Complex Fibonacci

There are a couple of ways to extend the Fibonacci series to a continuous function on real or complex numbers. Here’s a nice one: the grid shows the mapping of the unit strip, 0 <= re(z), 0 <= im(z) <= 1, grid points are 0.1 apart. The real axis is picked out in red, notice that it crosses itself exactly at the points of the Fibonacci series – twice at 1 after executing a loop-the-loop (clicking on the image should give you a larger version).


The function is just the standard Binet formula, interpreted over the complex plane:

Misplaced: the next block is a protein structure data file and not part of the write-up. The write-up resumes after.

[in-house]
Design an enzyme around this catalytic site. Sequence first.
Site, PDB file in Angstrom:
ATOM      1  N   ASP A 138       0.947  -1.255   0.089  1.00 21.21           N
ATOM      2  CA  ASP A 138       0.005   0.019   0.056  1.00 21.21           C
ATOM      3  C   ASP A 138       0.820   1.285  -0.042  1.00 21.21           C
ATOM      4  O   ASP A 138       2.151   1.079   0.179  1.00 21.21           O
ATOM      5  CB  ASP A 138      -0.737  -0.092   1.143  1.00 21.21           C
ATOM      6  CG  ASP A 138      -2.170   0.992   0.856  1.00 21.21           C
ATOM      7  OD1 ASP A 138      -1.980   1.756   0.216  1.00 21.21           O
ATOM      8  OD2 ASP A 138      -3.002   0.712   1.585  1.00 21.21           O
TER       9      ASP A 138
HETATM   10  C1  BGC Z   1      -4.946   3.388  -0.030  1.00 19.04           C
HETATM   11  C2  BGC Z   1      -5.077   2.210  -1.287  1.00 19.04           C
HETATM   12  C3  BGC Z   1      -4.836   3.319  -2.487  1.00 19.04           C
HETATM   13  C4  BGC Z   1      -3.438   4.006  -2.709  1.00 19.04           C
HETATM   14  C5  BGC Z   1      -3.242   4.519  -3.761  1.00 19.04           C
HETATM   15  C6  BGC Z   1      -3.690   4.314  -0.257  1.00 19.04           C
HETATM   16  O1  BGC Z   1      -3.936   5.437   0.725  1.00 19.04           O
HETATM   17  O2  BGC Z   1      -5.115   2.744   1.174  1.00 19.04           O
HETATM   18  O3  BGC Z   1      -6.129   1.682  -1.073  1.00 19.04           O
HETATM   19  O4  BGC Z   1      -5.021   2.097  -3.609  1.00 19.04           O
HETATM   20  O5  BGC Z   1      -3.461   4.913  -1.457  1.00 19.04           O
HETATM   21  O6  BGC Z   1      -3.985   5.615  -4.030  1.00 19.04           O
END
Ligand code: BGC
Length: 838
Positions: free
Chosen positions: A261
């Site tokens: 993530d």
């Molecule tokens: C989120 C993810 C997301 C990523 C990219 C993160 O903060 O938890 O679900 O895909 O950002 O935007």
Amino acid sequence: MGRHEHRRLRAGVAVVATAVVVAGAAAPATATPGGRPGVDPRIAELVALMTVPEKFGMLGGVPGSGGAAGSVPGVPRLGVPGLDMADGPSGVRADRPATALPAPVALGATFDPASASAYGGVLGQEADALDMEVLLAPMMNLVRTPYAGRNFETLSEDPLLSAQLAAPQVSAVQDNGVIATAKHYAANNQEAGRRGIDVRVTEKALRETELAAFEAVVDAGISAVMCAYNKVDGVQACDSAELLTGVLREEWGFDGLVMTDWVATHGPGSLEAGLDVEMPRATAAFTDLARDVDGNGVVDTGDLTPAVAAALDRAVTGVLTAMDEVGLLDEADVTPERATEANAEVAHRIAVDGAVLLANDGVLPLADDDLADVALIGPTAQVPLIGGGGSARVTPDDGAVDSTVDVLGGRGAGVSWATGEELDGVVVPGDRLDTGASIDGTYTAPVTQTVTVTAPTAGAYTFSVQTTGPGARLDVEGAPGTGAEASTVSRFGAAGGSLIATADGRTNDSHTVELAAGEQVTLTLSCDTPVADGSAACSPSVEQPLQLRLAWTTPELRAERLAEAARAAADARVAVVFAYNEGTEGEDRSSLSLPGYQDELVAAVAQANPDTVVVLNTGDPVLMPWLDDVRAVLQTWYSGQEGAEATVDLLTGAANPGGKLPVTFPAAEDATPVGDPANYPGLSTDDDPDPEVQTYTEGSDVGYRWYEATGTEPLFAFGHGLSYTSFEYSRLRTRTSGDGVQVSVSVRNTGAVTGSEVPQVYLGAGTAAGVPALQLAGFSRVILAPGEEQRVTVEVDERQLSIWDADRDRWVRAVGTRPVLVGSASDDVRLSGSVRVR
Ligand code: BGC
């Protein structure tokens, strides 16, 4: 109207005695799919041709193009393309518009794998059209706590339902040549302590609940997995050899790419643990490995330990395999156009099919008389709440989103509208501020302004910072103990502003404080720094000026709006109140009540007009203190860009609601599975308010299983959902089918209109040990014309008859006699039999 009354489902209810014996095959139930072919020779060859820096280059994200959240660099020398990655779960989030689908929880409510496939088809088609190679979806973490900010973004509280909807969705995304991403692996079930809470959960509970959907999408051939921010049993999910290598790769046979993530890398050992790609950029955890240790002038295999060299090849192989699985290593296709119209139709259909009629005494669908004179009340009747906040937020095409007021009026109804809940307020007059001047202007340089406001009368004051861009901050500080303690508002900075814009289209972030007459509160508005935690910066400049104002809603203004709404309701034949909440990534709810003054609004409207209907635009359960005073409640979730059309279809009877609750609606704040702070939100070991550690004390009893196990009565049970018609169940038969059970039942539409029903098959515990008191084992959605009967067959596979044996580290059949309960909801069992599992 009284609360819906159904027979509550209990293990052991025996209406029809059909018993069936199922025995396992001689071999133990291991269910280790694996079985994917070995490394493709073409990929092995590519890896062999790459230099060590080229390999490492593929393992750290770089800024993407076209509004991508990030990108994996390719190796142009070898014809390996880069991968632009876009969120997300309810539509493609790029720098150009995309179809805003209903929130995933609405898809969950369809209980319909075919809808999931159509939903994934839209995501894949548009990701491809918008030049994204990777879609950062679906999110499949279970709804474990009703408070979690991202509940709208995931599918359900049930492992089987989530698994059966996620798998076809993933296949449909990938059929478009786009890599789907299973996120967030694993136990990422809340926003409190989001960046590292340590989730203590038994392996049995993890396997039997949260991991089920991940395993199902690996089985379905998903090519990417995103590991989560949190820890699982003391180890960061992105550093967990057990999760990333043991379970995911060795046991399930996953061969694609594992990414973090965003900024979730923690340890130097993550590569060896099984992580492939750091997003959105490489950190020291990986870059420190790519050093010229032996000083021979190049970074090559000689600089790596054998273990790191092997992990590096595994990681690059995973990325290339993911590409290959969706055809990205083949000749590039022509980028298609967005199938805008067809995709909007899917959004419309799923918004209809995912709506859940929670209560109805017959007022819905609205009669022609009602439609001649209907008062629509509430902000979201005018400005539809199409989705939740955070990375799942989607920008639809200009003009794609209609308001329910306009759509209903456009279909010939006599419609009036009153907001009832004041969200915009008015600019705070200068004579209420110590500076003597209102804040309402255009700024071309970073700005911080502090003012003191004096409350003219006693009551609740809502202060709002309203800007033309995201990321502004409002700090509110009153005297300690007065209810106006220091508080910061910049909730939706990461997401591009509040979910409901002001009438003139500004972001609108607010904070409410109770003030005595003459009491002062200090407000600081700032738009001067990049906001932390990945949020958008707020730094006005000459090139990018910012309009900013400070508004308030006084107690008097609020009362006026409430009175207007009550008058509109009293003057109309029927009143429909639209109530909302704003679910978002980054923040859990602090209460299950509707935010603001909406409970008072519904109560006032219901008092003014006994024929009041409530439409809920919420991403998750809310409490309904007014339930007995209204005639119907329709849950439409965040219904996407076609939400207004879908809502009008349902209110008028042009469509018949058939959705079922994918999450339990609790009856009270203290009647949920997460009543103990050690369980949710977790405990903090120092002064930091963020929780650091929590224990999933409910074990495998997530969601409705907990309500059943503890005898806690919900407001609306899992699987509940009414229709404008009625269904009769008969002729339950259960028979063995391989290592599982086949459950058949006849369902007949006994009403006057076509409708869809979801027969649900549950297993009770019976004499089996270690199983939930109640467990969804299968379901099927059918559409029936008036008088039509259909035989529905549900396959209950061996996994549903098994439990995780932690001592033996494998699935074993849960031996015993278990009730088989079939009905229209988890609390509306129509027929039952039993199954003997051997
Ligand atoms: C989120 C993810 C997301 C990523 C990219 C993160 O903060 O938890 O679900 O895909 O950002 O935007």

z - -φ-z)/√5
or equivalently:
z - eiπzφ-z)/√5

For negative values, the function turns into a nice spiral (the exp component dominates). Here is the 0 <= im(z) <= 0.1 strip:

The red parallelogram illustrates F(z+2) = F(z+1)+F(z) still holds, even for our complex quantities.

Most of the action takes place around the origin, so let’s zoom in:


The image of the real axis passing through the points -1,1,0,1,1,2,… is clearly visible (the real axis is on the outside, the origin is the leftmost point on the red parallelogram).

Sometimes the series is extended as z - cos(πz)φ-z)/√5 which produces a mapping that takes the real line to itself, ie. taking the real part of the exponential, which is also nice, here we see the mapping of the strip 0.1 <= im(z) <= 0.2:


Again, the red parallelogram illustrates the recurrence.


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